The sixth century b.c.e. was a period in Athenian history when Athens moved from aristocratic government to tyranny and finally to democracy, though democracy was not fully in place until the fifth century b.c.e. In 560 b.c.e., Pisistratus, an outsider in Athenian politics who belonged to neither of the main political factions, staged a coup d'état and seized power, but he did not last long. The two main factions forgot their bickering long enough to unite against him, and he was expelled. Yet once he was gone, the factions returned to their rivalry, and the leader of the weaker faction made Pisistratus his ally and brought him back. He was soon driven out again, but he made a third attempt, backed by armed force, and this time it took only one battle to scatter his enemies. He remained tyrant of Athens from 546 to 527 b.c.e., and his son Hippias carried on as tyrant until 510. After the tyrants were gone, the Athenians of a later generation looked back on the tyranny as a time of oppression, although in actuality both Pisistratus and Hippias kept their iron fists well camouflaged in velvet gloves. They allowed the Athenian constitution to function and only manipulated from behind the scenes. Likewise during this time period Athens prospered and new temples arose on the Acropolis. Some of the sculpture that adorned their pediments was found among the debris left when the Persians sacked Athens in 480 b.c.e. One group portrays the three-headed serpent Typhon; the long serpentine coils must have filled the corners of the tympanum, and Typhon's three torsos filled the space under the central peak. His three faces still have blue beards and moustaches, and the lips are curved into the familiar archaic smile. One other sculpture that belonged to the time when Pisistratus was trying to secure his hold on power is a variation of the kouros-type: a statue of a man bearing a calf on his shoulders, and its inscribed base reveals that it was dedicated by Rhonbos. Whoever he was, Rhonbos is almost certainly the man whom the sculpture represents, and he is shown bringing a calf for sacrifice. Over his shoulders, he wears a thin cloak; the paint which once set it off from his naked flesh has long disappeared. His upper body, the muscles of his arms, and the calf slung over his shoulders are realistically modeled, though the modeling of his lower body is more stiff, and his legs are broken off at the knees. His face, which is bearded, smiles the "archaic smile." Rhonbos' statue was erected about 560 b.c.e., the year when Pisistratus first seized power and held it briefly. Perhaps Rhonbos erected this statue to commemorate his thank-offering to Athena for delivering Athens from the tyrant. He did not yet know that the tyrant would return.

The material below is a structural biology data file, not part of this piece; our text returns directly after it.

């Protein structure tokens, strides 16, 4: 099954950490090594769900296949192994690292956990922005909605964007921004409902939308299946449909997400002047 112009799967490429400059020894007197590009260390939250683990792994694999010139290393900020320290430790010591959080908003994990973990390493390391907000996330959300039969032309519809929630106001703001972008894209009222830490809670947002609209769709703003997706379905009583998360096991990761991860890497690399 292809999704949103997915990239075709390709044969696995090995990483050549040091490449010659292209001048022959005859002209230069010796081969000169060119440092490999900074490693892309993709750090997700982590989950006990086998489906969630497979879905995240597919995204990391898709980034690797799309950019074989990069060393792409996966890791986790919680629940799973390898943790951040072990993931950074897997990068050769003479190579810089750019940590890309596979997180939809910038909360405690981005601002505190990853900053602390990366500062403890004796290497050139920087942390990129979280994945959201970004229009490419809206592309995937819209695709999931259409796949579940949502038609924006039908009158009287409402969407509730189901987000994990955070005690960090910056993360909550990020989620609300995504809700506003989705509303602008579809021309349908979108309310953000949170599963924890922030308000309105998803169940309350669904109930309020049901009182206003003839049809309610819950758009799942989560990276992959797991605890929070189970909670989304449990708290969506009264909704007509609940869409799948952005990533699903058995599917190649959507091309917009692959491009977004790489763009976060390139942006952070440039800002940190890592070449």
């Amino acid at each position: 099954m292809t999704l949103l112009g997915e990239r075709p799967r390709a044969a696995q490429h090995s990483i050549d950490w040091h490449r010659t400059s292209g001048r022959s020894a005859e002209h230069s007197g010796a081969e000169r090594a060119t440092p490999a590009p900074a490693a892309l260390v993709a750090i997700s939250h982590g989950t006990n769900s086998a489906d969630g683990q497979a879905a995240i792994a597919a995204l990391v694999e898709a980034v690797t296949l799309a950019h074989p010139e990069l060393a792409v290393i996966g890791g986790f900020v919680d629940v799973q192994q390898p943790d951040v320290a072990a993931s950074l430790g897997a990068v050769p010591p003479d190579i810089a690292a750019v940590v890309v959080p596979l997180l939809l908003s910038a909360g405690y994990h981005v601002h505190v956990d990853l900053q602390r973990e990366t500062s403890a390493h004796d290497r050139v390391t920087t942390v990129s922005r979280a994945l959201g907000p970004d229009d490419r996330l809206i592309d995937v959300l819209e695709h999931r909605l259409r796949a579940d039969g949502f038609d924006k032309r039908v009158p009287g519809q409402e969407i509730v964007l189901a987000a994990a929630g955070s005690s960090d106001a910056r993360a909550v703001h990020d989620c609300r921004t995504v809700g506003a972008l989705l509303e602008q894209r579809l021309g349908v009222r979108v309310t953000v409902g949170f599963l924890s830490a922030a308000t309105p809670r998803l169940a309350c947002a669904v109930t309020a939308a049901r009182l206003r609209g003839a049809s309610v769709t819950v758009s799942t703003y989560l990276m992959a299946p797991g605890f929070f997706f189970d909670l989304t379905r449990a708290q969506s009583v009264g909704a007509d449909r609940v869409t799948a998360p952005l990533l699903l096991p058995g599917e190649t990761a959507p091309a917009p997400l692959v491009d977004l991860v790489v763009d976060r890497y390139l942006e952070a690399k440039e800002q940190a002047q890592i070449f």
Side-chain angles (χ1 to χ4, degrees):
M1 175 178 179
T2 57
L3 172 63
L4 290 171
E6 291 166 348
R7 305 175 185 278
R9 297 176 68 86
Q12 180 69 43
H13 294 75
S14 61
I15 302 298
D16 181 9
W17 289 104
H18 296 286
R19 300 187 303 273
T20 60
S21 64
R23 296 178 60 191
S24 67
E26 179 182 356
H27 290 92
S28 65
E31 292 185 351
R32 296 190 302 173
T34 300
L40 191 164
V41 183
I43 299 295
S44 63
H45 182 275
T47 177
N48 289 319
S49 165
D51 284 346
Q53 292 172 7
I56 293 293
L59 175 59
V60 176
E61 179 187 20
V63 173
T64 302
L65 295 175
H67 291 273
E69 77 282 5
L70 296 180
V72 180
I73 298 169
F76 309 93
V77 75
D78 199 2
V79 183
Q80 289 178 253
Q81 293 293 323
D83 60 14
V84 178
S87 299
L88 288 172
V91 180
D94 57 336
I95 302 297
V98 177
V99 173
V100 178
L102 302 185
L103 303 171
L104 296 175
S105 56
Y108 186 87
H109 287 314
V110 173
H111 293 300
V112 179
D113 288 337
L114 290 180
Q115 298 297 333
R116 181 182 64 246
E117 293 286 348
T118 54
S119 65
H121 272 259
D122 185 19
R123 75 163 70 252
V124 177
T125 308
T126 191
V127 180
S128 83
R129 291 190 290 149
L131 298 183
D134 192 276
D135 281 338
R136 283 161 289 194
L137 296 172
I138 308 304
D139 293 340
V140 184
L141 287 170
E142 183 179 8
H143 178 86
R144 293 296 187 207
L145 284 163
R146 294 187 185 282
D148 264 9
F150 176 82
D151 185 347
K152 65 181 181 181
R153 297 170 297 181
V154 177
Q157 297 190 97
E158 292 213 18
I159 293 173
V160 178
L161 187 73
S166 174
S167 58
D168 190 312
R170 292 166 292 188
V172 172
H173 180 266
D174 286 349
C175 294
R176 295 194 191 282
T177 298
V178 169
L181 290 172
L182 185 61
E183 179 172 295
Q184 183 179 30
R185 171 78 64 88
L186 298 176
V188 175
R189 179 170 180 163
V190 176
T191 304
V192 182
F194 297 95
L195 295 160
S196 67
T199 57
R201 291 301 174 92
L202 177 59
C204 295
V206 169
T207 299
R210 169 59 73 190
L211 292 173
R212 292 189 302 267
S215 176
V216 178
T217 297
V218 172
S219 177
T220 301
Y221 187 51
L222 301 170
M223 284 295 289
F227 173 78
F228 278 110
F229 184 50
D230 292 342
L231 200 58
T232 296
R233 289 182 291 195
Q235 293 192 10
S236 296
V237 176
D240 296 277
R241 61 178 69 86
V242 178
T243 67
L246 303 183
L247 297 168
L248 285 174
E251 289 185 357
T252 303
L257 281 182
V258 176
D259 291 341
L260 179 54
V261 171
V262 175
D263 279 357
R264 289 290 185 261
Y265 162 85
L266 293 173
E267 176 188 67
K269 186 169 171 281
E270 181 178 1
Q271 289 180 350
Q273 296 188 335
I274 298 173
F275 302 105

John Boardman, Greek Sculpture: The Archaic Period. A Handbook (London, England: Thames and Hudson, 1985).